VOL. 121 | NO. 219 | Thursday, November 9, 2006
Law & The Courts
State Supreme Court Justices To Tip SCALES in Students' Favor Tuesday
By Amy O. Williams
Circuit Court Judge Jerry Stokes is local co-chair of the statewide SCALES Project, which seeks to put high school students more in touch with the judicial branch of government. -- Photo By Zachary Zoeller
For many people, navigating the justice system is a daunting prospect. And for those outside the legal profession, it can be downright intimidating.
But a state-sponsored program is working to change that for some Memphis and Shelby County high school students.
The SCALES (Supreme Court Advancing Legal Education for Students) Project will be held in Memphis Tuesday, marking the program's return after a seven-year absence. SCALES events are hosted in several cities across Tennessee each year.
Through the project, more than 400 high school juniors and seniors from 19 city, county and private schools will have front row seats to three cases as they are heard by justices from the highest court in the state - the Tennessee Supreme Court.
"I think this is an excellent vehicle to allow high school students to take a look at the court system," said Circuit Judge Jerry Stokes, co-chair of this year's SCALES Project.
Stokes said he hopes the students leave the experience with a better understanding of how the judicial system works.
Understanding the system is important, said attorney Amy Amundsen, partner in the Memphis law firm of Rice, Amundsen & Rogers PLLC and co-chair of this year's SCALES Project.
"The SCALES Project inspires our future leaders and provides the students with confidence in our judiciary," she said.
All four Tennessee Supreme Court justices - William M. Barker, Janice M. Holder, Cornelia A. Clark and Gary R. Wade - will hear three actual cases in the courtroom of the Supreme Court on the third floor of the Shelby County Courthouse at 140 Adams Ave.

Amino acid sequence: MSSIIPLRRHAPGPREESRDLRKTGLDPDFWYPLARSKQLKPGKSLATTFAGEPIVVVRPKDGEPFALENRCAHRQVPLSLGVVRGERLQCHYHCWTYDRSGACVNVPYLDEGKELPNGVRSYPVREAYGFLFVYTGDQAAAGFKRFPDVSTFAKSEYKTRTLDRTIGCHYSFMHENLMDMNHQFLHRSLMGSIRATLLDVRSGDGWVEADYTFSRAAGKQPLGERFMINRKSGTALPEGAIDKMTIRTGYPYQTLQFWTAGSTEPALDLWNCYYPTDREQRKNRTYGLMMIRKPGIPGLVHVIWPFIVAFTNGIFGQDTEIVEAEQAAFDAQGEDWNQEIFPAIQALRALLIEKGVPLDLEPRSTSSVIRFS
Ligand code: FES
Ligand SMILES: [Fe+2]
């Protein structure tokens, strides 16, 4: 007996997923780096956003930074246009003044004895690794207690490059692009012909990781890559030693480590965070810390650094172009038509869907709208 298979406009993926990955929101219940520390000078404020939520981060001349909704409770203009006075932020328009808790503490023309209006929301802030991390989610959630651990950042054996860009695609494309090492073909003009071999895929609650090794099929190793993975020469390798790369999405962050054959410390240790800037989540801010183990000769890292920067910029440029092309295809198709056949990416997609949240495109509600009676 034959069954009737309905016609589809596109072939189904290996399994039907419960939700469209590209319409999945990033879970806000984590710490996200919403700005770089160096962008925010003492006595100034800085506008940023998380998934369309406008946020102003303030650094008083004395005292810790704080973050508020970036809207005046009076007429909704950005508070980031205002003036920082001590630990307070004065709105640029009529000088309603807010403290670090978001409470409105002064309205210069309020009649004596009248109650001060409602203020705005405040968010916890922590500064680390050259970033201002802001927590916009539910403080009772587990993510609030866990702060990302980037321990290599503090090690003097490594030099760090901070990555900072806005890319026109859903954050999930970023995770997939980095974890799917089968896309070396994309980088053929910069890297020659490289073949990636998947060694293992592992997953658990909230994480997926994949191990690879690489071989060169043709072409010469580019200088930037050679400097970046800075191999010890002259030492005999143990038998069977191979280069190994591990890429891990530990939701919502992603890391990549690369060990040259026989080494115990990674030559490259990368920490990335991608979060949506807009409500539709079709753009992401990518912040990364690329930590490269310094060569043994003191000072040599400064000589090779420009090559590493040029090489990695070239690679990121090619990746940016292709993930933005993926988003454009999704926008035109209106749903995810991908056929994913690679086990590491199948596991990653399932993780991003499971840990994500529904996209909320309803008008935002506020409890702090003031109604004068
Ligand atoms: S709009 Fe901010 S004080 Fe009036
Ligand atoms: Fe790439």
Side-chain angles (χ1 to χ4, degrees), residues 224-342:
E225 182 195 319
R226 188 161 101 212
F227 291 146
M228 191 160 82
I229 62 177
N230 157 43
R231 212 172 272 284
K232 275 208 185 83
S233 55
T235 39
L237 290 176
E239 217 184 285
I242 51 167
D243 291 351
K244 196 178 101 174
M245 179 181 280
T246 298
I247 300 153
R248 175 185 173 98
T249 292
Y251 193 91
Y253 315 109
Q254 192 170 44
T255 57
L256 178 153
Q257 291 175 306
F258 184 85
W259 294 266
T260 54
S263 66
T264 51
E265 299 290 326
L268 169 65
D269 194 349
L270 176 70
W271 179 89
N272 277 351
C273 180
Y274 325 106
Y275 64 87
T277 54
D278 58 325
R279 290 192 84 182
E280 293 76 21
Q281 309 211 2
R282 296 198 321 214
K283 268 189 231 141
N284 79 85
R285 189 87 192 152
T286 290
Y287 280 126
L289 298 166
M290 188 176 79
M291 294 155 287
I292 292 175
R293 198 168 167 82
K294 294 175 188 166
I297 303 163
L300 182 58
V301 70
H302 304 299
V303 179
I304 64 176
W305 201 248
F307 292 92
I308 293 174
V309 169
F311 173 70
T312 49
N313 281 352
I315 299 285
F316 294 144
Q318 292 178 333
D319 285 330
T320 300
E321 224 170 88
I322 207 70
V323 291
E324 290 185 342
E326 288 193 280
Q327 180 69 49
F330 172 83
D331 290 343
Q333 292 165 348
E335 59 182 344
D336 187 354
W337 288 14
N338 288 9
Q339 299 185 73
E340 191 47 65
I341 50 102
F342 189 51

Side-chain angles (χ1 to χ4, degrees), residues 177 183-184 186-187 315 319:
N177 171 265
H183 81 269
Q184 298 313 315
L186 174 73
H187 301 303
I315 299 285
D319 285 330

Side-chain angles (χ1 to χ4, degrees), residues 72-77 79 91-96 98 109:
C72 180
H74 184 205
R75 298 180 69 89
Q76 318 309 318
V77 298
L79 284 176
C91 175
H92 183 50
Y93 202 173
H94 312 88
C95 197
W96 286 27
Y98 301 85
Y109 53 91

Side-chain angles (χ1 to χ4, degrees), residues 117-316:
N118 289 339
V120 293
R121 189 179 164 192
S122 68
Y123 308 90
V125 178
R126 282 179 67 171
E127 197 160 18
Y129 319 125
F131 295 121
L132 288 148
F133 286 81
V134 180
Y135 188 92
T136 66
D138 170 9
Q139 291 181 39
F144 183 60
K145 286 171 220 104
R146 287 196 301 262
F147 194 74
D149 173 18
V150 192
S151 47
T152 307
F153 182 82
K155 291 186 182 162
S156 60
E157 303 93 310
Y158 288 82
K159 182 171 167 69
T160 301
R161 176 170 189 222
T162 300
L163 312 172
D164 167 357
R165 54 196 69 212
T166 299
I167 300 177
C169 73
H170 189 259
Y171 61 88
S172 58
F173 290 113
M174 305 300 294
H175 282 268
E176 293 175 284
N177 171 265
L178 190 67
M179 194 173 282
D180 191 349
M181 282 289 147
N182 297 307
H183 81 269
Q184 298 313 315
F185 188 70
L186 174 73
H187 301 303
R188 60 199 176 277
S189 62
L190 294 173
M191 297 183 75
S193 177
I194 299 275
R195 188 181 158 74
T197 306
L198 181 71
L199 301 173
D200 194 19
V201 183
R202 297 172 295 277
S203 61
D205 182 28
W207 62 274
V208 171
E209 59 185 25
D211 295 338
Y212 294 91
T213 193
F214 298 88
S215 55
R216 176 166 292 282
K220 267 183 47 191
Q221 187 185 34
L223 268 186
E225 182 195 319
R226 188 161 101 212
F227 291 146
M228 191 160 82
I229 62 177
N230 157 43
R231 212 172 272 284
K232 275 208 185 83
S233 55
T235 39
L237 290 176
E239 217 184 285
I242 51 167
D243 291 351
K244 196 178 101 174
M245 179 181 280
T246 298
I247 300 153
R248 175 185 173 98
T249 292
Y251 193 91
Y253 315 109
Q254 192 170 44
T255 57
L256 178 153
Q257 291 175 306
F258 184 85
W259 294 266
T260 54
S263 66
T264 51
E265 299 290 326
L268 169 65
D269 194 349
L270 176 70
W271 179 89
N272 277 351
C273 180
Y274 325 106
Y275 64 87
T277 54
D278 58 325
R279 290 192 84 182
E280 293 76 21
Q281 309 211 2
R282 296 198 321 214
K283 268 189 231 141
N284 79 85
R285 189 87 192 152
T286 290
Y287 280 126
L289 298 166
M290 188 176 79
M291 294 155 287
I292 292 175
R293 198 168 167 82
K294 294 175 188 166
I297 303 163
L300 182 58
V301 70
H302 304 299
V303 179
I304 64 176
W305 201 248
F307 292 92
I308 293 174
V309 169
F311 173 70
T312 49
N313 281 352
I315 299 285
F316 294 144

About 130 students will enter the courtroom for each case, with each group hearing one of the three cases. The justices will hear two civil and one criminal case. The cases involve medical malpractice and challenges to jury selection in a trial.
Afterward, students will participate in a debriefing in which they will be able to question the attorneys who argued the cases. All students will have an informal lunch with the justices in the courthouse.
The ultimate class project
Earlier this year, letters were sent out to all principals at city, county and private schools inviting them to participate in SCALES. Of those schools, 19 principals indicated they were interested in having students come to the courthouse to hear the Tennessee Supreme Court in session.
Area high schools participating in SCALES include East High School, Sheffield High School and Memphis University School. Students were selected to attend by their principals or teachers.
Students began learning about the cases about four weeks ago. More than 67 attorneys and judges from Shelby County volunteered to go to the schools and teach students about the cases the Supreme Court would hear. Students will be able to use what they learned during the debriefing when they are able to question the attorneys who have just presented their cases.
"All of the students have been given study material, in which they learn how the case reached the Supreme Court, how it started out at the trial court and went up to the appellate court and now is before the Supreme Court," Amundsen said. "The materials also give them a basic understanding of the issues and how to conduct yourself when you're in the courtroom."
For the kids
To help with the approximately 400 teenagers who will descend on the Shelby County Courthouse, local attorneys also have volunteered to greet the students as they exit their buses. Other volunteers will be stationed throughout the courthouse to serve as guides for the students.
Organizing the SCALES Project is a massive undertaking, but worth every bit of hard work, said Susan D. Wilson, a judicial assistant in the Circuit Court Judges' Office.
Wilson helped with planning SCALES when the project was last held in Memphis in 1998 and 1999.
"It's a lot of work and a lot of planning, but it's good for the children," Wilson said.
She wishes this type of program was available when her three children were going through school.
"(SCALES) opens their eyes to a lot of things," she said.
The SCALES Project began in 1995 as an initiative of the Tennessee Supreme Court to teach students about the judicial system. Since then, more than 350 schools and 16,000 students have participated in SCALES events.
"This whole project is designed to educate the students about the third branch of government - the judiciary branch," Amundsen said.